Home Healthcare Workers: How to Prevent Needlestick and Sharps Injuries.

Needlestick and other sharps injuries are a serious hazard in any healthcare setting. Contact with contaminated needles, scalpels, broken glass, and other sharps may expose healthcare workers to blood that contains pathogens which pose a grave, potentially lethal risk.


Home healthcare workers can be at risk for needlestick or sharps injuries when they:

  • Handle needles that must be taken apart or manipulated after use.
  • Dispose of needles attached to tubing.
  • Manipulate the needle in the client.
  • Recap a needle.
  • Use needles or glass equipment to transfer body fluid between containers.
  • Fail to dispose of used needles in puncture-resistant sharps containers.
  • Lack proper workstations for procedures using sharps.
  • Work quickly.
  • Bump into a needle, a sharp, or another worker while either person is holding a sharp.


  • Establish a bloodborne pathogen control program that meets all of the requirements of the OSHA bloodborne pathogens standard (http://www.osha.gov/SLTC/bloodbornepathogens/index.html)
  • Eliminate the use of needle devices whenever safe and effective alternatives are available.
  • Provide needle devices with safety features.
  • Provide sharps containers for workers to bring into clients’ homes.
  • Investigate all sharps-related injuries.
  • Provide post-exposure medical evaluations.


  • Avoid using needles whenever safe and effective alternatives are available.
  • Avoid recapping or bending needles that might be contaminated. How to Prevent Needlestick and Sharps Injuries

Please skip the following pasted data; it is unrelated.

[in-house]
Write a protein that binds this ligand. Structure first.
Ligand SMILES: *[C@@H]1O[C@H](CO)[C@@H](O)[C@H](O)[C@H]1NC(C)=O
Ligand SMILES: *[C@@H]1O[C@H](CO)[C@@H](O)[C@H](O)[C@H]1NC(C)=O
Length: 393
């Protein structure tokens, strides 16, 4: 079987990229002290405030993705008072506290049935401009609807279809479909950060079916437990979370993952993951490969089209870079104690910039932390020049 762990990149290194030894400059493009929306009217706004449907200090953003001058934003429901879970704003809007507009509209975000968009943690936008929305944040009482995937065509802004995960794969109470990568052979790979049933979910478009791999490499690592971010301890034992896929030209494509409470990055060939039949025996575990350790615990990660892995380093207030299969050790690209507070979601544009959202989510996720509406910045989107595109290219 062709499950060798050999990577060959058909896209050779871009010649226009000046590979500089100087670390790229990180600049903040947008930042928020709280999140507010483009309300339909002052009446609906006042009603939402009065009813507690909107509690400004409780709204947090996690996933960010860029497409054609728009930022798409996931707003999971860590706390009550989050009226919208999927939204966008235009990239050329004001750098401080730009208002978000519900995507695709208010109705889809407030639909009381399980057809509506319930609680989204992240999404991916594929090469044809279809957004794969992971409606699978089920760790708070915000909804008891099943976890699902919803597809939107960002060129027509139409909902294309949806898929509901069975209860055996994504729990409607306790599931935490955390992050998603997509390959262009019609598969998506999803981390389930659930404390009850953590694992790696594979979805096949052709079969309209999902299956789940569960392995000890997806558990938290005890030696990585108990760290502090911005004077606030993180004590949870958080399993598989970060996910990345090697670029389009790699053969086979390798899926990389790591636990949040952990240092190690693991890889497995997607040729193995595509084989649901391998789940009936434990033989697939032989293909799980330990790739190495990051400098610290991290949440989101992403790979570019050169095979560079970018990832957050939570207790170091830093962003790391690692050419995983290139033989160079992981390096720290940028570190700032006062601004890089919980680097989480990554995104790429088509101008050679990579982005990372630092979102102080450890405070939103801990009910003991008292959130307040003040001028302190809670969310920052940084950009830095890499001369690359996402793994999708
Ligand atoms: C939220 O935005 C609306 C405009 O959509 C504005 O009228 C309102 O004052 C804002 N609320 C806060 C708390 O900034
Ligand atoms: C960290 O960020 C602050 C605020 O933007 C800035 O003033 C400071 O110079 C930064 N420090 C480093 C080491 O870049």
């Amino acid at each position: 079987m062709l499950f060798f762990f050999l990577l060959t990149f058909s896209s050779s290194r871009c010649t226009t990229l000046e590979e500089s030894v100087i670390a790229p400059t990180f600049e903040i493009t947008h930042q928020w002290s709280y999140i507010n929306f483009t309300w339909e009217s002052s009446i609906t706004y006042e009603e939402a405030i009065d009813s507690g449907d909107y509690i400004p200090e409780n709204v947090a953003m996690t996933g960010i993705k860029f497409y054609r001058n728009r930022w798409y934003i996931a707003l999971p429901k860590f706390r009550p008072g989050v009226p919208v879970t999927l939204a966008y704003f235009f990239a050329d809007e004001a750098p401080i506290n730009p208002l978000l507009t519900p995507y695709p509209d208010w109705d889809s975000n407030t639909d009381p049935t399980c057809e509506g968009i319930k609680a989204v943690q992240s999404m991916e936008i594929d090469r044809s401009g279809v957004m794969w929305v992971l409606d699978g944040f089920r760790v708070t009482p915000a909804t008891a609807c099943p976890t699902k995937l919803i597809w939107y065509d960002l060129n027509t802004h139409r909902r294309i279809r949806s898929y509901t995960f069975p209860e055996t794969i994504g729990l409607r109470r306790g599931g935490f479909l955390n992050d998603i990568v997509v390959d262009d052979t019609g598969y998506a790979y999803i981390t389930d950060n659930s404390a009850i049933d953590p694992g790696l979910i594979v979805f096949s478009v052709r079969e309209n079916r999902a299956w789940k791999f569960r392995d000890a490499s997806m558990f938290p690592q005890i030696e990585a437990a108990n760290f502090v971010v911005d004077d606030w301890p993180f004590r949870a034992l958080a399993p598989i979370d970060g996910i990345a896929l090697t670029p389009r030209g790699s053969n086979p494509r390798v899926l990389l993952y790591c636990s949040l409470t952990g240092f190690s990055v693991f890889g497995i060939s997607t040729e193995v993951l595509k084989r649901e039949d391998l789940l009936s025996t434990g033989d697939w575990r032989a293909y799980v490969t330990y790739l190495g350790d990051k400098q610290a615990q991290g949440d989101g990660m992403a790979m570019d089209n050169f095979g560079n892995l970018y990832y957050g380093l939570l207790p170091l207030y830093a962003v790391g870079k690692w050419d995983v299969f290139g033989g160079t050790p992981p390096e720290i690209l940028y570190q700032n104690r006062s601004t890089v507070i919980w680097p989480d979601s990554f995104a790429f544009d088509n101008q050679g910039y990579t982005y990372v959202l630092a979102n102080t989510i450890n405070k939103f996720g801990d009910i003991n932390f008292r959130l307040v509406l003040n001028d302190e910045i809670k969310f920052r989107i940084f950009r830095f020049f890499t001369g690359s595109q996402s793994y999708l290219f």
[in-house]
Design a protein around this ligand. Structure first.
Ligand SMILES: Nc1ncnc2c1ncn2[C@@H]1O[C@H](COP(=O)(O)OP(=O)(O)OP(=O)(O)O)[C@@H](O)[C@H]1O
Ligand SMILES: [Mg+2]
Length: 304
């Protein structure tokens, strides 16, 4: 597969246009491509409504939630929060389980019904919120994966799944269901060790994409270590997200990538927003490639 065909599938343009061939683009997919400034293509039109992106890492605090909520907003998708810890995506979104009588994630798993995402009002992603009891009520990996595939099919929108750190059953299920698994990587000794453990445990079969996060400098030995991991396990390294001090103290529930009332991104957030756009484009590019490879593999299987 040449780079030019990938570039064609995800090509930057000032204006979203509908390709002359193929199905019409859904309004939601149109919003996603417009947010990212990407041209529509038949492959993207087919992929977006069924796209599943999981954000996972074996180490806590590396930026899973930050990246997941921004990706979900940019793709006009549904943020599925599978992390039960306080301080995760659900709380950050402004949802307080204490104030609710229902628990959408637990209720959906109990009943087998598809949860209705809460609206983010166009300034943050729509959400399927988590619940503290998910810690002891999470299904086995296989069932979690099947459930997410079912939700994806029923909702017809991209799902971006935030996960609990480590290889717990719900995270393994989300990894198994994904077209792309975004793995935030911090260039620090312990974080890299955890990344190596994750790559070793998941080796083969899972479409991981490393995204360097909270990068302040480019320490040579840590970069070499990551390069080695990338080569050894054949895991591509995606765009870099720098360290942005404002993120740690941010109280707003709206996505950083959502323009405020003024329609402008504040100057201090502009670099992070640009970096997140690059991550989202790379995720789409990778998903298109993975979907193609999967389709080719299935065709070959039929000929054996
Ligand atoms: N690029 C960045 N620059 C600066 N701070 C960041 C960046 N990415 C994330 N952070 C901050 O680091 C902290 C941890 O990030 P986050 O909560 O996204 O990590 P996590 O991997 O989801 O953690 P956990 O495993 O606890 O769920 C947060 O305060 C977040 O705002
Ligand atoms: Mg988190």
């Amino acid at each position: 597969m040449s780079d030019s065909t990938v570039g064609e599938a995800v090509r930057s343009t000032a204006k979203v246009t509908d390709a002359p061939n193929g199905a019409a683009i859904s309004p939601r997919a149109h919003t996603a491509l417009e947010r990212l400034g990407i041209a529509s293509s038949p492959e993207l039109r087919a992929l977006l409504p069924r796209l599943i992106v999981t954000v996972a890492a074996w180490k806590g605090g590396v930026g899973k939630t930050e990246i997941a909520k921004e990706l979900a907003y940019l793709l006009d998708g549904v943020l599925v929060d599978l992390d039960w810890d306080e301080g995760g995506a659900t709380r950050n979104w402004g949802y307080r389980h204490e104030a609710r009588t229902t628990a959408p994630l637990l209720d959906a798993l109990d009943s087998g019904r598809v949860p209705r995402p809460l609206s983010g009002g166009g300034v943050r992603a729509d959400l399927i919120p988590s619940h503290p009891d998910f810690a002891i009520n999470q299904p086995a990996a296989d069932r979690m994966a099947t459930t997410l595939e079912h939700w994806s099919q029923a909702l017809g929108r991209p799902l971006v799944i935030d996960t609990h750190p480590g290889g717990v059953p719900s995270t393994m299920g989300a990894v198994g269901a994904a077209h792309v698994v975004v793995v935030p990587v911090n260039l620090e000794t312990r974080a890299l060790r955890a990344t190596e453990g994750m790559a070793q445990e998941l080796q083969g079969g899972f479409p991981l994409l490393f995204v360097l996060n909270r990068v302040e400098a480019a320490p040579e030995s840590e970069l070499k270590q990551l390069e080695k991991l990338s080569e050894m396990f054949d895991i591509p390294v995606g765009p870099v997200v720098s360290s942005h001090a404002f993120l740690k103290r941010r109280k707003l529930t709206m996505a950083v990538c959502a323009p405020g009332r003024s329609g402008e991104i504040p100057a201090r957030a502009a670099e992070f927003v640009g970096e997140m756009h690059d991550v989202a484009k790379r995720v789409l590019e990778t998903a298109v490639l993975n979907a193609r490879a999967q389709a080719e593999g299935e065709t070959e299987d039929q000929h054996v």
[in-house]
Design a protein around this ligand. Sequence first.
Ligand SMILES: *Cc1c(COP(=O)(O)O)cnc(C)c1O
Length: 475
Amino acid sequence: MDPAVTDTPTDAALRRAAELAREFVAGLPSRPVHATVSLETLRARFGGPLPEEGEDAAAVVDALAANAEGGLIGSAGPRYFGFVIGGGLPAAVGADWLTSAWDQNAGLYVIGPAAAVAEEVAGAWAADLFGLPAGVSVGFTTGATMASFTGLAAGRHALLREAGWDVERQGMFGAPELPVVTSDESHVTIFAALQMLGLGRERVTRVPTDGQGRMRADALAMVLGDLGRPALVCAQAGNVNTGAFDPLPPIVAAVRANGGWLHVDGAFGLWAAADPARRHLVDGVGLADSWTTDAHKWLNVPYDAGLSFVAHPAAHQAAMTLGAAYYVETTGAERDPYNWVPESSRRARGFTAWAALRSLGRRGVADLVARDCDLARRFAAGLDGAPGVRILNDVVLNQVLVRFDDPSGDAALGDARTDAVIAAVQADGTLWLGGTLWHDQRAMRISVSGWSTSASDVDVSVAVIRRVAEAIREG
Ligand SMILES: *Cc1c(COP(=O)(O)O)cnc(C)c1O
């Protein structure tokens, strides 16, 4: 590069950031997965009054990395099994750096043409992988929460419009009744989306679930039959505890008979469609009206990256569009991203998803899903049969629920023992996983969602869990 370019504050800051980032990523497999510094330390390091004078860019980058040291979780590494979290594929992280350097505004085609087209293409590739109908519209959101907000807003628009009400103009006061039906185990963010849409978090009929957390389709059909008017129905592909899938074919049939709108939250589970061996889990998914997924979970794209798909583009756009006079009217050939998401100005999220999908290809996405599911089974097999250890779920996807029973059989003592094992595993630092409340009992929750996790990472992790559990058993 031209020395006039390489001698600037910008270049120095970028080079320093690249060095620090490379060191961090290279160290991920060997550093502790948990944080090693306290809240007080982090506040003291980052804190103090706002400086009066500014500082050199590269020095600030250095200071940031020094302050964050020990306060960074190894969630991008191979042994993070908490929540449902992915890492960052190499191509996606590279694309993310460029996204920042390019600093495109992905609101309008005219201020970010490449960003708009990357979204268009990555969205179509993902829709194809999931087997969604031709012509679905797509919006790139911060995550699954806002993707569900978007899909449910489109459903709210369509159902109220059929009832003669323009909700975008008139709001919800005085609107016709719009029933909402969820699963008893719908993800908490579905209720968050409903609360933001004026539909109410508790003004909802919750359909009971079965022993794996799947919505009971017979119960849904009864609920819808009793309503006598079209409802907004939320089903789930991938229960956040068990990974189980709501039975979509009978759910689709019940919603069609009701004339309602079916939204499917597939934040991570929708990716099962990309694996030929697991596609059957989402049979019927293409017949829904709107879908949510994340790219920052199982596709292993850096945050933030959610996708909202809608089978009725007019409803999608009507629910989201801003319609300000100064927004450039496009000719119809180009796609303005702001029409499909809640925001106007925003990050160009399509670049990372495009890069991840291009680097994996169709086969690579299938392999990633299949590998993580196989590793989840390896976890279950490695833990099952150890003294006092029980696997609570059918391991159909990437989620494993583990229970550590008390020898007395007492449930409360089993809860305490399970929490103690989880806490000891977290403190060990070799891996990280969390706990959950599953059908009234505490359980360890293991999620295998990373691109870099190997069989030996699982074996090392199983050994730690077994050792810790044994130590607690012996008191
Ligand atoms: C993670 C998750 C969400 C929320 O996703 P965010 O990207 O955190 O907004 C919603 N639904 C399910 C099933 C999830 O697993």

• Bring standard-labeled, leak-proof, puncture-resistant sharps containers to clients’ homes. Do not assume such containers will be available there. Promptly dispose of used needle devices and sharps, which might be contaminated, in the containers.
  • Plan for the safe handling and disposal of needles before use.
  • Store sharps containers out of the reach of children, pets, and others not needing access.
  • Secure used sharps containers during transport to prevent spilling.
  • Follow standard precautions, infection prevention, and general hygiene practices consistently.
  • Participate in your employer’s bloodborne pathogens training program.
  • Help your employer select and evaluate devices with safety features.
  • Use devices with safety features provided by your employer.
  • Report any needlestick and other sharps injury immediately to your employer.

If you experience a needlestick or sharps injury or are exposed to the blood or other body fluid of a client during the course of your work, immediately follow these steps:

  • Wash needlesticks and cuts with soap and water.
  • Flush splashes to the nose, mouth, or skin with water.
  • Irrigate eyes with clean water, saline, or sterile irrigants.
  • Report the incident to your supervisor.
  • Immediately seek medical treatment.

This is one in a series of six fast fact cards developed to provide practical advice for home healthcare workers and is based on NIOSH Hazard Review: Occupational Hazards in Home Healthcare, NIOSH Pub No. 2010–125.

Telephone: 1–800–CDC–INFO | TTY: 1–888–232–6348
Email: cdcinfo@cdc.gov | Web: www.cdc.gov/niosh/topics/healthcare
DHHS (NIOSH) Publication No. 2012–123
February 2012

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